“The problem is it’s a state program, and I’ve talked to state legislators - the only way to rectify it is to kill it and start over. I don’t see any other compromise,” Dick said. “I’m not against trees. I love the trees. I love that area. It’s an untapped resource. I think it’s something we could do a lot more for. But to me the only way we can do that is we have to have local control, and the way we can have local control is we have to get rid of a state program.”
The Commission believes that the program, as a concept, is a great one but that it is not fairly funded. The concept of the Forestry Services Program is to enhance the trees, enhance the hunting capability in the area, and enhance the tourism opportunities that the Pembina Gorge offers, making the area one that people want to see.
“To do that, it takes dollars which everybody, I think, kind of understands, but to do that, I think, we want local control, and this program is state controlled and that’s my beef. Nothing more, nothing less. And I don’t know how else to solve it,” Dick stated.
The Commission has plans to meet once again with representatives of the North Dakota Forestry Service to determine how best to solve the current problems the county has with the program. The commissioners see the solution coming through either legislation or with the Forestry Service increasing their budget to provide funding to the county for the program.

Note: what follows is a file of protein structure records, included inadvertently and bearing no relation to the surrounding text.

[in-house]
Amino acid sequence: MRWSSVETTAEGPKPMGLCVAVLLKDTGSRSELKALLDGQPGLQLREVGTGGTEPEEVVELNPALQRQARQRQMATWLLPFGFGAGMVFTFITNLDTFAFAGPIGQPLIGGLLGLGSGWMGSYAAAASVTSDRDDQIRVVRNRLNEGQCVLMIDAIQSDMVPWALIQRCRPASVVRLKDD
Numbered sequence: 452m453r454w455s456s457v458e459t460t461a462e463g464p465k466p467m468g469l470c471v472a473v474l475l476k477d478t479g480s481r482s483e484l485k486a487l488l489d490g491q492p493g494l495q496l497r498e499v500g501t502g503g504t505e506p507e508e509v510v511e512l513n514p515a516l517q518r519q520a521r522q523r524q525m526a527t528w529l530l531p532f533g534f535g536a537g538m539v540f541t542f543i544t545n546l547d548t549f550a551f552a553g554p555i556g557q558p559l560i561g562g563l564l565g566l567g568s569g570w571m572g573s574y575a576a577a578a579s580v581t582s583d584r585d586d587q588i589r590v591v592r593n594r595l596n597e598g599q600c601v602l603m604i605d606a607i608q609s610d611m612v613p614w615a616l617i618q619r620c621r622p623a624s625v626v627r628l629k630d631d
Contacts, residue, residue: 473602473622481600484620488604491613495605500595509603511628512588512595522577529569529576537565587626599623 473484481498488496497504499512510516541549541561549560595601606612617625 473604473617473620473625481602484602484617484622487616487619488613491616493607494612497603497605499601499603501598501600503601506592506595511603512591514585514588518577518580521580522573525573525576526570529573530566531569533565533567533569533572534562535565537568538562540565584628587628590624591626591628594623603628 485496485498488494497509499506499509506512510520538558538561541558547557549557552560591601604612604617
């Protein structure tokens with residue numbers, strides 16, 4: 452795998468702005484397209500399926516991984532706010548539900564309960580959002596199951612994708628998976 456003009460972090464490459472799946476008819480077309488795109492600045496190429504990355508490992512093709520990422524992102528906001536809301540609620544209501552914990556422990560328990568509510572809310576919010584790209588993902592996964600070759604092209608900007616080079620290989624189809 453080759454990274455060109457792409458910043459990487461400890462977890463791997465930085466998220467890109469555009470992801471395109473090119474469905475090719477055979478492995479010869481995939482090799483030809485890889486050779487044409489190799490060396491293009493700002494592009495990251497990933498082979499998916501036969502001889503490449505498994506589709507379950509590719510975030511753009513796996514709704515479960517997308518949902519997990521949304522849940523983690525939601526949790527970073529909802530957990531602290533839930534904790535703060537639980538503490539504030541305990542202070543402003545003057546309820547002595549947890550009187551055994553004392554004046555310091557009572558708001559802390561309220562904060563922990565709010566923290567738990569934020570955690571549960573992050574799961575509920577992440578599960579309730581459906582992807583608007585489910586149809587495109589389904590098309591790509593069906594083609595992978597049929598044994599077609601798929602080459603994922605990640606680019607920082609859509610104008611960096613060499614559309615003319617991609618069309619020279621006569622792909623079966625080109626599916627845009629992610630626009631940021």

Dick had spoken with State Legislation Tax Committee Chair Craig Headland about the issue. Headland shared with Dick that this issue had been brought forward in past sessions but due to the fact it would be an increase in tax, nobody would support the update.
“He understands that this was put in 45 years ago, and everybody elses’ taxation went up approximately 400 or 500 percent. But if money is going to be put back into the Forestry Department maybe coming in and subsizing the other $1.50 or $2 or whatever we think is fair, but that has to come through Legislation through the Forestry Department,” Dick explained.
The Forestry Department needing to request this change to how the program is operated has been discussed at length by the Commission as the most plausible solution to the issue of the program continuing. Should no changes be implemented to rectify the concerns that the Commission has put forward to the Forestry Department, the Commission is firm in the decision to no longer renew Foresty Stewardship contracts.